Detroit Zoological Society Curator of Amphibians Marcy Sieggreen is doing fieldwork in Peru, studying amphibians in the lower elevations of the Amazon River to see how they are faring with increased human populations and impacts in their habitats.
Hola mi amigas y amigos!
It has been nearly over a week since my last post and a lot has happened. We have seen several species of frogs at night. There has not been much activity during the day but it is still important to look and make note of what is or is not seen. We have travelled to all of the islands that we usually observe that are surrounded by the Napo but have also found another uninhabited island that is underwater during most of the year.
What a pleasure it was to jump out off the boat and find hard sand (like what we know as a beach) with marine toads everywhere. Some of you may have heard that these toads are now found in several places in the world and are considered invasive species, making them a nuisance. Here in South America, they are native and an important part of the ecosystem. Since I had not seen many on this trip, I had a growing concern. The island also had a bog that was home to several tree frogs. There were no species I had not seen before but a positive confirmation that species I would expect to see I had.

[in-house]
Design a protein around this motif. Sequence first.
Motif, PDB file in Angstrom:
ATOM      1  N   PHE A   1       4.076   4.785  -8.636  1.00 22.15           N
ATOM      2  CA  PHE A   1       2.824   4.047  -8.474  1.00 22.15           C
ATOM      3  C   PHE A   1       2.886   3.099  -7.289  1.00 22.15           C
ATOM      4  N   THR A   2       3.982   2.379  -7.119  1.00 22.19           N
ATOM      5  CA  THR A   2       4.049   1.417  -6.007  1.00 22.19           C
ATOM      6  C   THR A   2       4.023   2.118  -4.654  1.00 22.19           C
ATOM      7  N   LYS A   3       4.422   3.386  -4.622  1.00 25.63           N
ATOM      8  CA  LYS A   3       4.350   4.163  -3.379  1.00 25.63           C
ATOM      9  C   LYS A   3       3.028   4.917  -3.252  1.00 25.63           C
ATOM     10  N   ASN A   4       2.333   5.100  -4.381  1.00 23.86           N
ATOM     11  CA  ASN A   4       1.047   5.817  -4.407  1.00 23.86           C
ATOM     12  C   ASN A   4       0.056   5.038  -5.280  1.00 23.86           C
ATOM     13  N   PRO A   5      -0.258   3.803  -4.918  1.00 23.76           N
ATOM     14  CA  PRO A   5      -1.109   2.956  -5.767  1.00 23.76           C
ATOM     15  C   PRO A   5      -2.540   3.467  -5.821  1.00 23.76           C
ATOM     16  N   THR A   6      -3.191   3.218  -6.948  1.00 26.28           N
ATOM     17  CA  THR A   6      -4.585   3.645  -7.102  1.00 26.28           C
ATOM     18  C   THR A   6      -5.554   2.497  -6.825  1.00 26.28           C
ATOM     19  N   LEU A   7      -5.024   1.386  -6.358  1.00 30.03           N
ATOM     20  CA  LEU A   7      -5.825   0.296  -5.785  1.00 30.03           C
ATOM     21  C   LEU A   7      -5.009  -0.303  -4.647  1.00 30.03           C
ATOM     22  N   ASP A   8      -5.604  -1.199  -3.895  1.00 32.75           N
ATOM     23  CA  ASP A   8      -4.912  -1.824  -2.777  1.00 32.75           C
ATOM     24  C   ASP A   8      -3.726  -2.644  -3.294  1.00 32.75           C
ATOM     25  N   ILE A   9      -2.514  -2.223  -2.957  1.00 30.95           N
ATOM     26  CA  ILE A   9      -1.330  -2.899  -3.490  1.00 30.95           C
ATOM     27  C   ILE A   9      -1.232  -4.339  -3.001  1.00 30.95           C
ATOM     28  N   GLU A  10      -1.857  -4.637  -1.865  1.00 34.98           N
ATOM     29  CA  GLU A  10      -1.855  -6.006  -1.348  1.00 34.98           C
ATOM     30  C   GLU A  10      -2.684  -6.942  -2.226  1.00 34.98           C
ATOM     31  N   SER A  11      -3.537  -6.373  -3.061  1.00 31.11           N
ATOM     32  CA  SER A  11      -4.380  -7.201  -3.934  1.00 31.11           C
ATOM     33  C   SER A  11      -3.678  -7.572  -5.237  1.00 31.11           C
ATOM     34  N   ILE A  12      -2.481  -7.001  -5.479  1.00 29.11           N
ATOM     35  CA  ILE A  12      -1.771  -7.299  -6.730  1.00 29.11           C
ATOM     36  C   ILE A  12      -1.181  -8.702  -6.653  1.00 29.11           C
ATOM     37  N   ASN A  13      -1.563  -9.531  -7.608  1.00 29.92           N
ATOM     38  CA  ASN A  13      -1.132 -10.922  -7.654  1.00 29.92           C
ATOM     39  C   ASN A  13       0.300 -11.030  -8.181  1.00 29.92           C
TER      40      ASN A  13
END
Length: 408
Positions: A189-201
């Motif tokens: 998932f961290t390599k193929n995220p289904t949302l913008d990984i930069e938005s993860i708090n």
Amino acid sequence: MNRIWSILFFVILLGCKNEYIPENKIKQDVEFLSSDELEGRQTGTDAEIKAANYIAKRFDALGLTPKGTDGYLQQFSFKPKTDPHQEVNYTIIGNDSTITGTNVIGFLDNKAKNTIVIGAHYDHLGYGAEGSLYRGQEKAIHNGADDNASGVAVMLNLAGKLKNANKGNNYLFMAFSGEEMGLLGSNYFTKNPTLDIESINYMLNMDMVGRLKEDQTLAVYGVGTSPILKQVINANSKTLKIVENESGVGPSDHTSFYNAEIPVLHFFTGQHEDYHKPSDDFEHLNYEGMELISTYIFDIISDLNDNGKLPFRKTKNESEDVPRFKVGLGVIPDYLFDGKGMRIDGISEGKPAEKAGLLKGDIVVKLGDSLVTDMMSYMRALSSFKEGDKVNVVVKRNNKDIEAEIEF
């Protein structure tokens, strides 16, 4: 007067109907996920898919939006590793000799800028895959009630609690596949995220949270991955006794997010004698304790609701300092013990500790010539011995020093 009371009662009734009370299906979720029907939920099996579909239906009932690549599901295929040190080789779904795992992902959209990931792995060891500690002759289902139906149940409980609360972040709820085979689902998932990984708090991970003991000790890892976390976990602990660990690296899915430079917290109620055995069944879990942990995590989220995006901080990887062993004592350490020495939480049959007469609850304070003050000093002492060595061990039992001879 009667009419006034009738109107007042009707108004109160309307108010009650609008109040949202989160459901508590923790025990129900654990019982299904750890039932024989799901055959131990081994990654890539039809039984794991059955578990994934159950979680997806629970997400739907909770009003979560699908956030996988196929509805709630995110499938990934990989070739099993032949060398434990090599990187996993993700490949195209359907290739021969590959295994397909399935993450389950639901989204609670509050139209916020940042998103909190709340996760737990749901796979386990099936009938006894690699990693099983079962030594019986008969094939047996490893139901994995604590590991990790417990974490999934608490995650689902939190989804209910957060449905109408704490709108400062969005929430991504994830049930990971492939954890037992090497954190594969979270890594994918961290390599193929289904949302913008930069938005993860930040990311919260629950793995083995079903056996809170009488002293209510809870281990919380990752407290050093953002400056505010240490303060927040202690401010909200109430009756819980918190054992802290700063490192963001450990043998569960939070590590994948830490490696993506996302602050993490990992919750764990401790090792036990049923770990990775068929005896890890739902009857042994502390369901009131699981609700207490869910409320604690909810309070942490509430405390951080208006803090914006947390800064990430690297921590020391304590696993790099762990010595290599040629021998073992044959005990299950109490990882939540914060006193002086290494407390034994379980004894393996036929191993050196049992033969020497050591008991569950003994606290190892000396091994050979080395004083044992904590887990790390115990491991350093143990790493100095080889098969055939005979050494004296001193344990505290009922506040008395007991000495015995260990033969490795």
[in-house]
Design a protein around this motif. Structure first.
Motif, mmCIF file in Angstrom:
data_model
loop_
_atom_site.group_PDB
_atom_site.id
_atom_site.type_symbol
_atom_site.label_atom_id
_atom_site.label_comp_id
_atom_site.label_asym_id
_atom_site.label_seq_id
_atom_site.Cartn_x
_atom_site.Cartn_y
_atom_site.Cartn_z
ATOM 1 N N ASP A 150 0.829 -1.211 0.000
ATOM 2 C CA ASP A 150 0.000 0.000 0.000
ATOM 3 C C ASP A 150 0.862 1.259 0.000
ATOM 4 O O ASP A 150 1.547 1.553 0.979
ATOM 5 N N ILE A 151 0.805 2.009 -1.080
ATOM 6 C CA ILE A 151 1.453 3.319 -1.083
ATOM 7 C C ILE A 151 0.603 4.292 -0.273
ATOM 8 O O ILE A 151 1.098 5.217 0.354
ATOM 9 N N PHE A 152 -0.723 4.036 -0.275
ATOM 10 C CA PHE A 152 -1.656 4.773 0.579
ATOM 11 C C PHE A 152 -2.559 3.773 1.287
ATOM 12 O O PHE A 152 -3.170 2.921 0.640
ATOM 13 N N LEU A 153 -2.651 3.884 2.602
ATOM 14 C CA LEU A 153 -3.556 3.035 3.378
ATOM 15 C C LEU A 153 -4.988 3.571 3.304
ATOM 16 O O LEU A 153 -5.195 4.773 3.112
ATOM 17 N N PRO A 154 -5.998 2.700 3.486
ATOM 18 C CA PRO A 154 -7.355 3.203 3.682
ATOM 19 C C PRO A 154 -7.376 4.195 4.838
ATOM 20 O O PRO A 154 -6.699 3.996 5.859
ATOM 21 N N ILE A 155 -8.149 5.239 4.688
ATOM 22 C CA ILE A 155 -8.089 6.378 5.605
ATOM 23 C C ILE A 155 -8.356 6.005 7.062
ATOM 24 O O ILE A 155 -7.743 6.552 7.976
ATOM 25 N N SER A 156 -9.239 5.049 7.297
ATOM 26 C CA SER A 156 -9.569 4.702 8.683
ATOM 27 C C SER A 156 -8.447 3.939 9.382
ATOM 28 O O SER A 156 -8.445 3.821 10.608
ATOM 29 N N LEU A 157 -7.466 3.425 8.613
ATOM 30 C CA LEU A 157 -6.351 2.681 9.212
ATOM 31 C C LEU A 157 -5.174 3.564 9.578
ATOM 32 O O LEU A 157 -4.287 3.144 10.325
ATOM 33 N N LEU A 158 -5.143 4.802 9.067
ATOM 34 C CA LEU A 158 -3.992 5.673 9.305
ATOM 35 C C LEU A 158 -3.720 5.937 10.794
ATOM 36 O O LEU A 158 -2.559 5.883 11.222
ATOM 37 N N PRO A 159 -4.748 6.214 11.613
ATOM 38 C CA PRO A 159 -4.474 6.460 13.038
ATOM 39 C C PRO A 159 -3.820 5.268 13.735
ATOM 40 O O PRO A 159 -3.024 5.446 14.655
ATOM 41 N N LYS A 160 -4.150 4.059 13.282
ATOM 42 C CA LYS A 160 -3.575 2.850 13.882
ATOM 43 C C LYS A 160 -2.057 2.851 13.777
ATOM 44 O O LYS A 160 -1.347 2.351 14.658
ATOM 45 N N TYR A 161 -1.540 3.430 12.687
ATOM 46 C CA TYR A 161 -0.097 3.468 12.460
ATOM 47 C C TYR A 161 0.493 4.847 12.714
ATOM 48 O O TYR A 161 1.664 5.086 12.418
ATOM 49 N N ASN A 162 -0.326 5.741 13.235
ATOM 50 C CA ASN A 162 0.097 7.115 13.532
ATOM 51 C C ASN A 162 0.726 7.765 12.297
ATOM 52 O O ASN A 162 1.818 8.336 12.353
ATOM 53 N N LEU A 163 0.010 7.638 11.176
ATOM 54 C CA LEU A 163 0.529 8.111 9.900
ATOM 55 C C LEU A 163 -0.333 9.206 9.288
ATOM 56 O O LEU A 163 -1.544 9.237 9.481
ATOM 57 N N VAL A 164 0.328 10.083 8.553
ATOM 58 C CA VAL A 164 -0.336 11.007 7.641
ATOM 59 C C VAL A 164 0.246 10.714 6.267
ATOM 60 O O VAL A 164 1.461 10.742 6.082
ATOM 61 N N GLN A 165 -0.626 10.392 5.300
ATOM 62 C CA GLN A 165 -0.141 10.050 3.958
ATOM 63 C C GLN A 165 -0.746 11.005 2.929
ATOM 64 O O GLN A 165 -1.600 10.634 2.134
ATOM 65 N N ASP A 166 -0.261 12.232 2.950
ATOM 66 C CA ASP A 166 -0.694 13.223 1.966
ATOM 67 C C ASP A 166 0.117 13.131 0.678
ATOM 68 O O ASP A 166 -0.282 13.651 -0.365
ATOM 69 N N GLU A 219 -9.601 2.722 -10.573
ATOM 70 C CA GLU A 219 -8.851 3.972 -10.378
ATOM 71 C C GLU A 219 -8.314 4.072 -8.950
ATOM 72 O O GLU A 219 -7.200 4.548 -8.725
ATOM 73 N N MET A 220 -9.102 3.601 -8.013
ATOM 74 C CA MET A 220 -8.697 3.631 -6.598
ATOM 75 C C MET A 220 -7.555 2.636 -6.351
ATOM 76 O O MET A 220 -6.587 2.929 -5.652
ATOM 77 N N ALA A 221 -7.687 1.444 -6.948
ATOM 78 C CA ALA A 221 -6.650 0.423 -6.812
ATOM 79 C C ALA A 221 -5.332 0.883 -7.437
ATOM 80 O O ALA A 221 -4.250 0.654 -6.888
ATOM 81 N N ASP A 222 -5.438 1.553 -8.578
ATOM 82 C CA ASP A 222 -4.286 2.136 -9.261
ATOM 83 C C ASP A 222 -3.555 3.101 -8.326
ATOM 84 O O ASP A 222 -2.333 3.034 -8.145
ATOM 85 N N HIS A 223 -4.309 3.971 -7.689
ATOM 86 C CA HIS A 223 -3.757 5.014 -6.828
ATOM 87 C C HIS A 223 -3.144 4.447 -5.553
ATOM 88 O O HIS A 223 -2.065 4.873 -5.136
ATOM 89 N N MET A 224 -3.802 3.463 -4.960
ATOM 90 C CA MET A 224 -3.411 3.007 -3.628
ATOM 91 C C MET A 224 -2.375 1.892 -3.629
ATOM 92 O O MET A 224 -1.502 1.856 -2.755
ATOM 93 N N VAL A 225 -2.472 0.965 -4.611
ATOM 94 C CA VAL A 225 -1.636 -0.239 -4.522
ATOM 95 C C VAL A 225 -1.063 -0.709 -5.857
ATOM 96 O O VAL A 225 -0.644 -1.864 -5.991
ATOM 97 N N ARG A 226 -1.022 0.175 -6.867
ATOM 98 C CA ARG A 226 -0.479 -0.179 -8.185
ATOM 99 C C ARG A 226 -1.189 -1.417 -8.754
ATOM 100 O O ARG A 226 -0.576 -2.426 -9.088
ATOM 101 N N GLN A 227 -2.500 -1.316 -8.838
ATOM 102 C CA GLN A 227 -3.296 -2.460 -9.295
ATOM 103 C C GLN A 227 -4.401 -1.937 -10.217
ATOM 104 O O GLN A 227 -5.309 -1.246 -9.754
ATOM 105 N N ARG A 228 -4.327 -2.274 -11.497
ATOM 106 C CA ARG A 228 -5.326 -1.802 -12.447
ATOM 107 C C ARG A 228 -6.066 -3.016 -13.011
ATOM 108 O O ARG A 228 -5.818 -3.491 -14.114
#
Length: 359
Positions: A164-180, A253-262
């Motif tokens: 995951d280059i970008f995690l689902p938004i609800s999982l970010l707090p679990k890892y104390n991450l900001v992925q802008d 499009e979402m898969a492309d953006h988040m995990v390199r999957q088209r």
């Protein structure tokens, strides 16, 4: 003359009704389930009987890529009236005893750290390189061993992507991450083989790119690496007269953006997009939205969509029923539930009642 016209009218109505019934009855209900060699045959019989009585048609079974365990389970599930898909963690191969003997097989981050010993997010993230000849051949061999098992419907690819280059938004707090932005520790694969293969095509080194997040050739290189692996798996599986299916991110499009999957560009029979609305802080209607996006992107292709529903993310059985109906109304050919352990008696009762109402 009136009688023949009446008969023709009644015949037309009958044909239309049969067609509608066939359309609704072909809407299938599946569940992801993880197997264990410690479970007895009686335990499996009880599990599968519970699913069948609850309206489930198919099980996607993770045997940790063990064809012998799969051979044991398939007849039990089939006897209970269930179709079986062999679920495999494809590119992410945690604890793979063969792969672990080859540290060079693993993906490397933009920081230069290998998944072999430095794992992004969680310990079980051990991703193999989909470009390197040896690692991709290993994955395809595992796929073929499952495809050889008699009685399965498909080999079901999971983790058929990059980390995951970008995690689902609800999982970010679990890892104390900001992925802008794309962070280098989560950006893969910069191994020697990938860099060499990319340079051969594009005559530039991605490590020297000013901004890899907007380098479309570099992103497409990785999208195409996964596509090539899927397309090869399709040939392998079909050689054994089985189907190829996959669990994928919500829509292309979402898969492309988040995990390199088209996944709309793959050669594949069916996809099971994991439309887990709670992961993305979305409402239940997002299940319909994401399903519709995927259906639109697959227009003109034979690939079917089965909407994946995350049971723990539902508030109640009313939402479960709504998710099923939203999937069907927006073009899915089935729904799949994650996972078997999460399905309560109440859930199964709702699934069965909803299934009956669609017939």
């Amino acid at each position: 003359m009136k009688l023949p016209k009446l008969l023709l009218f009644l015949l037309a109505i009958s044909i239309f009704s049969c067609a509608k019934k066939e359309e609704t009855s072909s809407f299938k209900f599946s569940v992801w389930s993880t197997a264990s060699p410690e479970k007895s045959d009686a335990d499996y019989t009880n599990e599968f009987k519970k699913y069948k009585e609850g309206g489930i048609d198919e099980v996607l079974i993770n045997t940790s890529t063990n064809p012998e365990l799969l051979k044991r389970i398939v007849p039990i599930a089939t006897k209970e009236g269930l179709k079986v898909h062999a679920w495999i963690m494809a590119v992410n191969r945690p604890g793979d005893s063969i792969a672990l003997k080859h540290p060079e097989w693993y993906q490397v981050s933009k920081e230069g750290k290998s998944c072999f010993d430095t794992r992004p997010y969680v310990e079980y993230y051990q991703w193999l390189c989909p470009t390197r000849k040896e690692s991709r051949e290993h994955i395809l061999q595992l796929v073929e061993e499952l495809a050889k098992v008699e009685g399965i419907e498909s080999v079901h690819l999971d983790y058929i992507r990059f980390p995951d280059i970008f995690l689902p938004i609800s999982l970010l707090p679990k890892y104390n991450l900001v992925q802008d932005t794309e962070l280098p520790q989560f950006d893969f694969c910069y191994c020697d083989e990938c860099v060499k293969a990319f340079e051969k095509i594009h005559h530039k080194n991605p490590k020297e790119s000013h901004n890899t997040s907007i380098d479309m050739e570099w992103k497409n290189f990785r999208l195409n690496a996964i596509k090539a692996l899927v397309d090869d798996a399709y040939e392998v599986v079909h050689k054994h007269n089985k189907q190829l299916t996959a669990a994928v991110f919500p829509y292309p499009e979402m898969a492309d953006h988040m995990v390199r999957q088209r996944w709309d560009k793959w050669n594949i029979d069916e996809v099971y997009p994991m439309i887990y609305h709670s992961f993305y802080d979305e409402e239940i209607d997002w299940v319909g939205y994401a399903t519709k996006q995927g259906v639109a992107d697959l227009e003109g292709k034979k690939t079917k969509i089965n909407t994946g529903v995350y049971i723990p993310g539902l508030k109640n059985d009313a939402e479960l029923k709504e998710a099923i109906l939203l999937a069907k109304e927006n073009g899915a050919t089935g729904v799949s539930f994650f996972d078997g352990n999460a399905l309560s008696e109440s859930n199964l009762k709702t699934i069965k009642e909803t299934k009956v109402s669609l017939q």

I have seen many caimans, snakes and most recently a mammal, which I believed to be a Paca. Animals this size (about the size of a 30 lb dog) is not frequently seen and is very fast. Although amphibians are the most fun to track down, seeing other wildlife is always a treat.
This upcoming week, I will be working with our Amphibian Protectors Club on an overnight observation through a small portion of the rainforest and along the canopy walkway. My colleagues from the Detroit Zoological Society’s education department are taking time out from their schedule to join us. We are hoping to be able to see lots of animals and document our findings back at the research station. Buenos noches!
– Marcy Sieggreen